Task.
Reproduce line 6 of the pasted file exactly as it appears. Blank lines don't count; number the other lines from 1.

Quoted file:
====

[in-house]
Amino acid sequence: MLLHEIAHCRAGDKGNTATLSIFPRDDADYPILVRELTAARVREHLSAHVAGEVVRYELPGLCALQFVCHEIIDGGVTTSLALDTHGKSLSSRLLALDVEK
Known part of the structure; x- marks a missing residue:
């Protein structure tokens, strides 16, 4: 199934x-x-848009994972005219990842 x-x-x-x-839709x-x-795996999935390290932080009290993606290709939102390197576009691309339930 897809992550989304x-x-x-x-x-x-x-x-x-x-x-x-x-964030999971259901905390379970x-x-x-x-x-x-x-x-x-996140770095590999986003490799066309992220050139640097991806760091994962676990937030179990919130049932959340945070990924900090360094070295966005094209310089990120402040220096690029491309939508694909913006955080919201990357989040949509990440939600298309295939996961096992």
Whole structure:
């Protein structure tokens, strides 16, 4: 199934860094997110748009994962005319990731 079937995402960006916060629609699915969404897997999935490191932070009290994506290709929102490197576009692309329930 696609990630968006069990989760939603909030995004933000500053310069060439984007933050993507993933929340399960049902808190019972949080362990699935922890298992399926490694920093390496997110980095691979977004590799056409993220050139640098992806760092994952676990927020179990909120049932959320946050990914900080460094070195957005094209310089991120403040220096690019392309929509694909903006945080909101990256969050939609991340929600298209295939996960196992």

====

């Protein structure tokens, strides 16, 4: 199934860094997110748009994962005319990731 079937995402960006916060629609699915969404897997999935490191932070009290994506290709929102490197576009692309329930 696609990630968006069990989760939603909030995004933000500053310069060439984007933050993507993933929340399960049902808190019972949080362990699935922890298992399926490694920093390496997110980095691979977004590799056409993220050139640098992806760092994952676990927020179990909120049932959320946050990914900080460094070195957005094209310089991120403040220096690019392309929509694909903006945080909101990256969050939609991340929600298209295939996960196992």